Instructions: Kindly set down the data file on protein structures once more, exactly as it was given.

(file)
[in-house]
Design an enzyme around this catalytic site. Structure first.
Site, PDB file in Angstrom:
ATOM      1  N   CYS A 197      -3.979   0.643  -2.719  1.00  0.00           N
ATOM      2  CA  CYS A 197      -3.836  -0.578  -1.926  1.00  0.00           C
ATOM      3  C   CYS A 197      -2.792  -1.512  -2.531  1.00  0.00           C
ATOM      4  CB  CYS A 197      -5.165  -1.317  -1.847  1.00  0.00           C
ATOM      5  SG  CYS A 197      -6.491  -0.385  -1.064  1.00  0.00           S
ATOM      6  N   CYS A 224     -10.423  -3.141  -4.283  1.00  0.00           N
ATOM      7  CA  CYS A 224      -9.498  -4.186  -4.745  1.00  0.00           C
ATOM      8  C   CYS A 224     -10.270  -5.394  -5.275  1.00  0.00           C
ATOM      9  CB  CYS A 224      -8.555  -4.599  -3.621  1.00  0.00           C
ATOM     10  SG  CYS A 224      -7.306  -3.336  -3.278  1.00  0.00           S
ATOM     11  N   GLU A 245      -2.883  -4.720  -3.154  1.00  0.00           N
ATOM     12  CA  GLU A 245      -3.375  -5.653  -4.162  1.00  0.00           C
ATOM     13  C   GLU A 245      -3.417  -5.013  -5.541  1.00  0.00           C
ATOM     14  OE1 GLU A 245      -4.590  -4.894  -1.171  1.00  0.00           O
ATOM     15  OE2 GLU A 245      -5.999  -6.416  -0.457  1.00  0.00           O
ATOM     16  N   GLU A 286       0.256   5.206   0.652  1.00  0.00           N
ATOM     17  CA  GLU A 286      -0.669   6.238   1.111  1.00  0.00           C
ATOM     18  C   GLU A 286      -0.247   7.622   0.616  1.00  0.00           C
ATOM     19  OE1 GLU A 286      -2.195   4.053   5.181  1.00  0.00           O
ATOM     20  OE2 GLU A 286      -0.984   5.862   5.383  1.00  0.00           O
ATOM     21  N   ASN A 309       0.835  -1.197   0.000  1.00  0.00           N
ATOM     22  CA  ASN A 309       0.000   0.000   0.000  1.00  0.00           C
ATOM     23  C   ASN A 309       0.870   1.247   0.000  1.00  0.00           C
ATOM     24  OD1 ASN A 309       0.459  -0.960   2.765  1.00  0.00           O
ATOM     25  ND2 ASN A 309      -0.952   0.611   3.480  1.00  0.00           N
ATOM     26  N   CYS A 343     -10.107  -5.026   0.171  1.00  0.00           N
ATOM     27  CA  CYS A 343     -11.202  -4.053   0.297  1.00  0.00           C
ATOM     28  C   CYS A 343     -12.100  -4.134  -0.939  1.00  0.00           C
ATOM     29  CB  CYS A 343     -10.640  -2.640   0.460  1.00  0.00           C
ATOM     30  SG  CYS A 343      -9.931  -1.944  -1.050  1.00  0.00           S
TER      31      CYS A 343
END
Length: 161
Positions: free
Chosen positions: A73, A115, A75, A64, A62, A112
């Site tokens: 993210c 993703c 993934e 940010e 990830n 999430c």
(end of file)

[in-house]
Design an enzyme around this catalytic site. Structure first.
Site, PDB file in Angstrom:
ATOM      1  N   CYS A 197      -3.979   0.643  -2.719  1.00  0.00           N
ATOM      2  CA  CYS A 197      -3.836  -0.578  -1.926  1.00  0.00           C
ATOM      3  C   CYS A 197      -2.792  -1.512  -2.531  1.00  0.00           C
ATOM      4  CB  CYS A 197      -5.165  -1.317  -1.847  1.00  0.00           C
ATOM      5  SG  CYS A 197      -6.491  -0.385  -1.064  1.00  0.00           S
ATOM      6  N   CYS A 224     -10.423  -3.141  -4.283  1.00  0.00           N
ATOM      7  CA  CYS A 224      -9.498  -4.186  -4.745  1.00  0.00           C
ATOM      8  C   CYS A 224     -10.270  -5.394  -5.275  1.00  0.00           C
ATOM      9  CB  CYS A 224      -8.555  -4.599  -3.621  1.00  0.00           C
ATOM     10  SG  CYS A 224      -7.306  -3.336  -3.278  1.00  0.00           S
ATOM     11  N   GLU A 245      -2.883  -4.720  -3.154  1.00  0.00           N
ATOM     12  CA  GLU A 245      -3.375  -5.653  -4.162  1.00  0.00           C
ATOM     13  C   GLU A 245      -3.417  -5.013  -5.541  1.00  0.00           C
ATOM     14  OE1 GLU A 245      -4.590  -4.894  -1.171  1.00  0.00           O
ATOM     15  OE2 GLU A 245      -5.999  -6.416  -0.457  1.00  0.00           O
ATOM     16  N   GLU A 286       0.256   5.206   0.652  1.00  0.00           N
ATOM     17  CA  GLU A 286      -0.669   6.238   1.111  1.00  0.00           C
ATOM     18  C   GLU A 286      -0.247   7.622   0.616  1.00  0.00           C
ATOM     19  OE1 GLU A 286      -2.195   4.053   5.181  1.00  0.00           O
ATOM     20  OE2 GLU A 286      -0.984   5.862   5.383  1.00  0.00           O
ATOM     21  N   ASN A 309       0.835  -1.197   0.000  1.00  0.00           N
ATOM     22  CA  ASN A 309       0.000   0.000   0.000  1.00  0.00           C
ATOM     23  C   ASN A 309       0.870   1.247   0.000  1.00  0.00           C
ATOM     24  OD1 ASN A 309       0.459  -0.960   2.765  1.00  0.00           O
ATOM     25  ND2 ASN A 309      -0.952   0.611   3.480  1.00  0.00           N
ATOM     26  N   CYS A 343     -10.107  -5.026   0.171  1.00  0.00           N
ATOM     27  CA  CYS A 343     -11.202  -4.053   0.297  1.00  0.00           C
ATOM     28  C   CYS A 343     -12.100  -4.134  -0.939  1.00  0.00           C
ATOM     29  CB  CYS A 343     -10.640  -2.640   0.460  1.00  0.00           C
ATOM     30  SG  CYS A 343      -9.931  -1.944  -1.050  1.00  0.00           S
TER      31      CYS A 343
END
Length: 161
Positions: free
Chosen positions: A73, A115, A75, A64, A62, A112
């Site tokens: 993210c 993703c 993934e 940010e 990830n 999430c």